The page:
Choosing passwords

A former college professor of mine once wrote in a slide something like: “passwords are the cornerstone of computer security”. There’s a fair bit of truth in that. Email accounts, home banking, endless forums, remote logins, subversion accounts, twitter and it’s friends, social networks, the list seems endless. This poses the question of how to manage so many credentials. The simplest of answers (and here I mean in it the naïve sense), is to use the same password for everything. Make no mistake about it: it is an incredibly stupid idea. I mean would you use the same password for your main email account and to subscribe one of those forums that asks you for an email address upon subscription, and then give you a link to go when you have “lost your password”, and when you do that, they just email you your old password, in plain text? I doubt it.

But, never mind it’s stupidity. Every single time I was asked about this, and tried to explain why it is a lousy idea, I get the same retort: yeah right, but that’s never going to happen to me, it only happens to others. I careful, I’m not stupid, I’m not going to do something stupid. And so, the inescapable conclusion is once more yielded: I’ll keep using the same password for everything. I’m secure.

No, you’re not. And I’m going to give two real life examples: one mine, the other one from Jeff Atwood, the guy behind the Coding Horror blog.

Ok, mine first. A long time ago, I was given a subversion account for a repository we used at work. And we used a web front-end to access it, viz. trac. And, you’ve guessed it, accessing trac (authentication included) was done over plain old (unencrypted) http. Nobody cared back then because, well, back them there were less then a hand full of people with subversion accounts. This one day, I finished up my task, and committed the code. Moments later, one of my colleagues shouts: “Guess who’s password just passed right in front of me!”. Yep, he happened to be debugging a piece of code using a network sniffer, and as the connection to subversion server was not encrypted, he got my password. Now I, being your all time favourite paranoid, noticed beforehand that the connection to the server wasn’t encrypted, and so I chose a password I wasn’t using for anything else. And so I dodged one more.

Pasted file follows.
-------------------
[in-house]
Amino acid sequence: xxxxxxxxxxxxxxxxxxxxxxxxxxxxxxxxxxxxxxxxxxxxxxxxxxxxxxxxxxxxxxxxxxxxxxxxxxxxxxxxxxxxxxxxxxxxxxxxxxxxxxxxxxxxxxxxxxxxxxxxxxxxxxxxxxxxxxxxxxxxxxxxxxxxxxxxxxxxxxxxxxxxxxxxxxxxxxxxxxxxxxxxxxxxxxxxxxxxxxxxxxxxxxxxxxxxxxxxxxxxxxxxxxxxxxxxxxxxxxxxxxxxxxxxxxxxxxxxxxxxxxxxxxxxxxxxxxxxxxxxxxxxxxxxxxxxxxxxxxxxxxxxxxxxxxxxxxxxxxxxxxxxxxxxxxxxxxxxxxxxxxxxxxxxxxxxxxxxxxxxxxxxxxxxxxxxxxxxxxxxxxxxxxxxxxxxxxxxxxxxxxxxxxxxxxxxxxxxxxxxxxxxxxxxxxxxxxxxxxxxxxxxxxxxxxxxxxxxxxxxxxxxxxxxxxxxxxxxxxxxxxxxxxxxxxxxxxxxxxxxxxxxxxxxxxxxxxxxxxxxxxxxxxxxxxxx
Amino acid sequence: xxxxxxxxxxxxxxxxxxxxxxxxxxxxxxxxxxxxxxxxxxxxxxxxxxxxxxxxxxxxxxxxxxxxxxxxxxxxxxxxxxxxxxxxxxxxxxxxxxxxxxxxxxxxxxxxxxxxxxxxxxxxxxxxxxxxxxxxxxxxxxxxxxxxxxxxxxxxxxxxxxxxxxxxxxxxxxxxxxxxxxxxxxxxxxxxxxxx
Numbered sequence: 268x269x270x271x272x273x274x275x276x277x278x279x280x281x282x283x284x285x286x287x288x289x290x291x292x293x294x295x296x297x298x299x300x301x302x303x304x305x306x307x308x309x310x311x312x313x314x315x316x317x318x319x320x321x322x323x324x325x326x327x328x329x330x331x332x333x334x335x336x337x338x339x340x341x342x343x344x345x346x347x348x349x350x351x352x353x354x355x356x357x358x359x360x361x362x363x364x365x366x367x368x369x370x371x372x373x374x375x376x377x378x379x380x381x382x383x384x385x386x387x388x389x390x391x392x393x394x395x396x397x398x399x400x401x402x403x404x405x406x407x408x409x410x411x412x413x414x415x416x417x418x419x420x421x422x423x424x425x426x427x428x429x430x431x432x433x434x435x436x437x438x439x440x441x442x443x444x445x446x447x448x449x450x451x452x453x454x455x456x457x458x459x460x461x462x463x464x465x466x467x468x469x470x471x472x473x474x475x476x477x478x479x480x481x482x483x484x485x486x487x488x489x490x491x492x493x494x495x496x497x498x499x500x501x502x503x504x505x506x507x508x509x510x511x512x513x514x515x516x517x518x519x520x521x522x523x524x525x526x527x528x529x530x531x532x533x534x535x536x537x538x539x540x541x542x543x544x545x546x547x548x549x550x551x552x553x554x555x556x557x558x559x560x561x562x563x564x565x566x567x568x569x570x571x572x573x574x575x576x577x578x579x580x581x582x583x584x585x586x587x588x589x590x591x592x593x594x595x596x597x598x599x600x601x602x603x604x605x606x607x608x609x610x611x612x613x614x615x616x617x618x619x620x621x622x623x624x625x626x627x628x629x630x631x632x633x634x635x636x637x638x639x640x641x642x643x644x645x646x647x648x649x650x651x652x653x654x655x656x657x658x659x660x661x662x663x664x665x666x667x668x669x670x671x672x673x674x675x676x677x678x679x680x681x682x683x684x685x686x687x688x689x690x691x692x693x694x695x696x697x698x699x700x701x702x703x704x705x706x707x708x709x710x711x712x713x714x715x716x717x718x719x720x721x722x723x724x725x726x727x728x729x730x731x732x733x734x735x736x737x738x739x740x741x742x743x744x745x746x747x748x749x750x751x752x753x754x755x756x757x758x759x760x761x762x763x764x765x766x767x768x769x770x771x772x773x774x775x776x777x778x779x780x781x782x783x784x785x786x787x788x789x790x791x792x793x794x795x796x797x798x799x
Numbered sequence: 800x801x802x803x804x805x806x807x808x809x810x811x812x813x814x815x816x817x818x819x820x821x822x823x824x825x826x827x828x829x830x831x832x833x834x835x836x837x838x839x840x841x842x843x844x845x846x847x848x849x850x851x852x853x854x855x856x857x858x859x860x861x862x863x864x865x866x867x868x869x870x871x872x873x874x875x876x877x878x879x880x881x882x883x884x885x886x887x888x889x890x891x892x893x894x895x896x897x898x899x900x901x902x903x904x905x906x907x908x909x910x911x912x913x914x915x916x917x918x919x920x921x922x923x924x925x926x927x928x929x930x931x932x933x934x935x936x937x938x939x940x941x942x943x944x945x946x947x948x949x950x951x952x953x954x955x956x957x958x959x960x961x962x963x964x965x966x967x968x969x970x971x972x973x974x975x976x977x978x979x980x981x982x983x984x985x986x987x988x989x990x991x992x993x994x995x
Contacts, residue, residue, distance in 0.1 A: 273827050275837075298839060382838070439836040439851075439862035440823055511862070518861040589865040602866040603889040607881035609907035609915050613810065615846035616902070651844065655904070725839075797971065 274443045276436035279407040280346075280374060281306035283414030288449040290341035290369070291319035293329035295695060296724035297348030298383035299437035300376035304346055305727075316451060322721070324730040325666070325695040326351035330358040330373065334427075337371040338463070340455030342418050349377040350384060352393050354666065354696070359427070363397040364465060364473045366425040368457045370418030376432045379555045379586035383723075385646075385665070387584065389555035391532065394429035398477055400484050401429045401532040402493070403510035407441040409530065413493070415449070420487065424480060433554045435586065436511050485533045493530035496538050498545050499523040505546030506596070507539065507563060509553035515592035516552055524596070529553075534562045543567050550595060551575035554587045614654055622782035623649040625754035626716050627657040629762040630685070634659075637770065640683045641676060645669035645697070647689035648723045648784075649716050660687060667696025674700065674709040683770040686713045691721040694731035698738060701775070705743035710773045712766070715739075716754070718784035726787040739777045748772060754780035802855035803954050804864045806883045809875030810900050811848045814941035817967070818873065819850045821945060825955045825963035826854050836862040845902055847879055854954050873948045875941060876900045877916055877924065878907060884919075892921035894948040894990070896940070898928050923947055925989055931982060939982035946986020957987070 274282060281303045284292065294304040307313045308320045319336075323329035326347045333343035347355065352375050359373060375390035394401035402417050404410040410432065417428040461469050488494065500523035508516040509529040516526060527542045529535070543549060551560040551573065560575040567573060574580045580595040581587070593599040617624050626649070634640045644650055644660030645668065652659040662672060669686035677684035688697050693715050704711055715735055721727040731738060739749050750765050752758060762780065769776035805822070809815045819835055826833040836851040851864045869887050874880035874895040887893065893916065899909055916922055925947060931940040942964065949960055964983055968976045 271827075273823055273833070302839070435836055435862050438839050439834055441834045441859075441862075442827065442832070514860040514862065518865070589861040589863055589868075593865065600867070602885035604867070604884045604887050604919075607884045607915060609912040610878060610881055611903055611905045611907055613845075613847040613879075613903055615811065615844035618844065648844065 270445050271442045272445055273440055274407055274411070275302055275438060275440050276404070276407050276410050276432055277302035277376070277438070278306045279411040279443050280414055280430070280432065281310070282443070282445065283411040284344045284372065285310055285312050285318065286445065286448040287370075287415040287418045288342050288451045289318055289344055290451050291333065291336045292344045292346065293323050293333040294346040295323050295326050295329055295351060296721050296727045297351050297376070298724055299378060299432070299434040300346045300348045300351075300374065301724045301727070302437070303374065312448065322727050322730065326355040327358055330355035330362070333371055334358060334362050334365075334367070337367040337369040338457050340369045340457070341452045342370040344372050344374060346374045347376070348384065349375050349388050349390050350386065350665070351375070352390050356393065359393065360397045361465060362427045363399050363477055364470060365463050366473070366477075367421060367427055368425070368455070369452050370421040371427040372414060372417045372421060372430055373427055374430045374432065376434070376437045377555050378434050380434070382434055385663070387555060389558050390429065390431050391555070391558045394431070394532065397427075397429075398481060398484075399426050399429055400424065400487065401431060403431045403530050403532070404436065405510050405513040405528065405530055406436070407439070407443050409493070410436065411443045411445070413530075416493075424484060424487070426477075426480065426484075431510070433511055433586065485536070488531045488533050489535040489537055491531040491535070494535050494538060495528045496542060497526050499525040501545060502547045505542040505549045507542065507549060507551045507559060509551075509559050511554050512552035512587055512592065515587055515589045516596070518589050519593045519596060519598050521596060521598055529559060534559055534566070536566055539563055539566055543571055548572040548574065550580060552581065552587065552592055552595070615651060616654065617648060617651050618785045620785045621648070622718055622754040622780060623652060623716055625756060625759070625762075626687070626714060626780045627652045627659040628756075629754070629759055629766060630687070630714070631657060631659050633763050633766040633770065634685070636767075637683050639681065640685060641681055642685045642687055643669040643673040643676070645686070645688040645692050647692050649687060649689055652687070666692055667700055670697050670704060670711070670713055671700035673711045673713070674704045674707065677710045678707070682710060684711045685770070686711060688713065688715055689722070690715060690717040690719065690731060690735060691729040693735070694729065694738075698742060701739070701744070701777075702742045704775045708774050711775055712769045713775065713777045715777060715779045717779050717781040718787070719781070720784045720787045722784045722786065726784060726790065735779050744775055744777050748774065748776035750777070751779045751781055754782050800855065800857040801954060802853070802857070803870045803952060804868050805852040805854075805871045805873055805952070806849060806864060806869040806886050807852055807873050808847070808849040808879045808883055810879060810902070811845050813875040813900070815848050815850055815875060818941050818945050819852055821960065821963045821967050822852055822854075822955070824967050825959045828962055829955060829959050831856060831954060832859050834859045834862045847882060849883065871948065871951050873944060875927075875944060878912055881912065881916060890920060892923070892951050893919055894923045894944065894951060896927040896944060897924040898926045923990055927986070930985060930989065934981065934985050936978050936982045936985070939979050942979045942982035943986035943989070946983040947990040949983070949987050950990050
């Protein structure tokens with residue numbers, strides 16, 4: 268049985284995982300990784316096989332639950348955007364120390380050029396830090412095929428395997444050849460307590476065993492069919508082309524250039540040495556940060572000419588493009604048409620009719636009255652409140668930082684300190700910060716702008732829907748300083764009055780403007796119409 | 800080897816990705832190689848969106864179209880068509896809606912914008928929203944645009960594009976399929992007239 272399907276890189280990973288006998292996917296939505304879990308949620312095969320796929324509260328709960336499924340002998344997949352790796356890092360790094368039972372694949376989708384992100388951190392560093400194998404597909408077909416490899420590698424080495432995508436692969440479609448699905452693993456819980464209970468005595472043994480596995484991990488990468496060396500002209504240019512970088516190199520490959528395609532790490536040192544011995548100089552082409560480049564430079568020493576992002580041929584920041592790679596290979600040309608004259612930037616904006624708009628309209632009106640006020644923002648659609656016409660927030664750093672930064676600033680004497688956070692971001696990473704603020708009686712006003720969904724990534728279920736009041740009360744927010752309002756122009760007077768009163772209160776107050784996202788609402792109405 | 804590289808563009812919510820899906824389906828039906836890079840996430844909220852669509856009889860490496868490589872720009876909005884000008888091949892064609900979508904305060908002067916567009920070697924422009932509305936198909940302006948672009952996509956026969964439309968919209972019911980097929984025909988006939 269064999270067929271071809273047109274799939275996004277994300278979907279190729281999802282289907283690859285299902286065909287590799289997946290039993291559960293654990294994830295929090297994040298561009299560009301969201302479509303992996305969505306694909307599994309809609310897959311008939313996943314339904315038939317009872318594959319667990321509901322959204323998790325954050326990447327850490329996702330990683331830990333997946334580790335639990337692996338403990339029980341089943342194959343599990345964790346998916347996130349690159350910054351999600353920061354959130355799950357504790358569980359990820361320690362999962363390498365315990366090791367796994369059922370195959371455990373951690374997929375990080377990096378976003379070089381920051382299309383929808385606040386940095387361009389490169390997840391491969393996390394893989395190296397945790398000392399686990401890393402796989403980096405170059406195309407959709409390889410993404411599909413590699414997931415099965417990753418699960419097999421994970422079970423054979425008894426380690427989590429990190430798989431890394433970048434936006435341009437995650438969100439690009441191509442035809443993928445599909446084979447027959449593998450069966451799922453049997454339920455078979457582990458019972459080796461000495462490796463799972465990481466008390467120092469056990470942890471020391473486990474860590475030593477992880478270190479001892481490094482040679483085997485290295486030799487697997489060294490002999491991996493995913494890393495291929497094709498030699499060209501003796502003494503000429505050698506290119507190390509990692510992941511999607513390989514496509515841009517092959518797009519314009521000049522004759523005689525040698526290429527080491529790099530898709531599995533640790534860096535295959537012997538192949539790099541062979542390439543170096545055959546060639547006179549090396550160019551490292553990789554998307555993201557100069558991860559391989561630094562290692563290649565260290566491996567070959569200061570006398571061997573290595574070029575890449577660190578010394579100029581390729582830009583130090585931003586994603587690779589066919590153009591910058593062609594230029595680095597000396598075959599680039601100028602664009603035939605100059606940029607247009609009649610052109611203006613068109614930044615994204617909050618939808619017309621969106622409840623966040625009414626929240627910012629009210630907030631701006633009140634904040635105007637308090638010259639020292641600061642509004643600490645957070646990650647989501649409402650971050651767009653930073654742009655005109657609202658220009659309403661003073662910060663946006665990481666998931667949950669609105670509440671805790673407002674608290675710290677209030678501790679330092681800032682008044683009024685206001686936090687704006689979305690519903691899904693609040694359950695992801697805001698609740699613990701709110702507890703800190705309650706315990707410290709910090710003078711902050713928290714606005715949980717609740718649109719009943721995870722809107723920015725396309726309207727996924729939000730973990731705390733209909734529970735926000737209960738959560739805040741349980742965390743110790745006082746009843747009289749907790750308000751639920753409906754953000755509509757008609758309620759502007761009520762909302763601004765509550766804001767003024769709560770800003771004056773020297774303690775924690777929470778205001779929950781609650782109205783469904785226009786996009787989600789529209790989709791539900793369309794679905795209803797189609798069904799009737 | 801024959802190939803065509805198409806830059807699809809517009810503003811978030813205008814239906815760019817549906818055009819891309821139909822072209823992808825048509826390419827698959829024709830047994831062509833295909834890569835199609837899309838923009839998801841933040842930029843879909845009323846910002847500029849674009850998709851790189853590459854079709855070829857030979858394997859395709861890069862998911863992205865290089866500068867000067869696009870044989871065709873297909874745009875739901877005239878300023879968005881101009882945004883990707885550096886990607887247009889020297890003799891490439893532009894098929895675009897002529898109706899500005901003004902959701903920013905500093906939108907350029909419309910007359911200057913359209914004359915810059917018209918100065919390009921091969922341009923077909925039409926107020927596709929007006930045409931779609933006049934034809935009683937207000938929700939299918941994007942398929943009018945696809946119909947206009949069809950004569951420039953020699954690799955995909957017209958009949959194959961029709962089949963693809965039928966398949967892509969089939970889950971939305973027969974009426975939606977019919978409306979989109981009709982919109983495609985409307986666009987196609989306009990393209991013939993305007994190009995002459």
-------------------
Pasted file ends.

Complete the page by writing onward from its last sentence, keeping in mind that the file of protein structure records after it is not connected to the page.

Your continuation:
The one with Jeff is narrated by himself in two different posts. To make a long story short, he used an insecure password to manage a site of which he is admin (!), while also using the same password in an account for another site, which stored passwords insecurely. Somebody connected the dots, and was able to login into the admin account.

Both of these situations would have been impossible if passwords were not shared. Don’t get me wrong: the problem here is not using weak passwords for accounts with modest security requirements. The problem is sharing the password: if it’s a strong password, you’ll end up using it some place with poor password management, compromising the other accounts. And I’m not going to take the trouble of explaining why you should not share a weak password. Get a decent password management scheme (I use a variation of this) up and running, train your memory, do whatever works for you, but don’t share passwords. After all, they’re the cornerstone of computer security.

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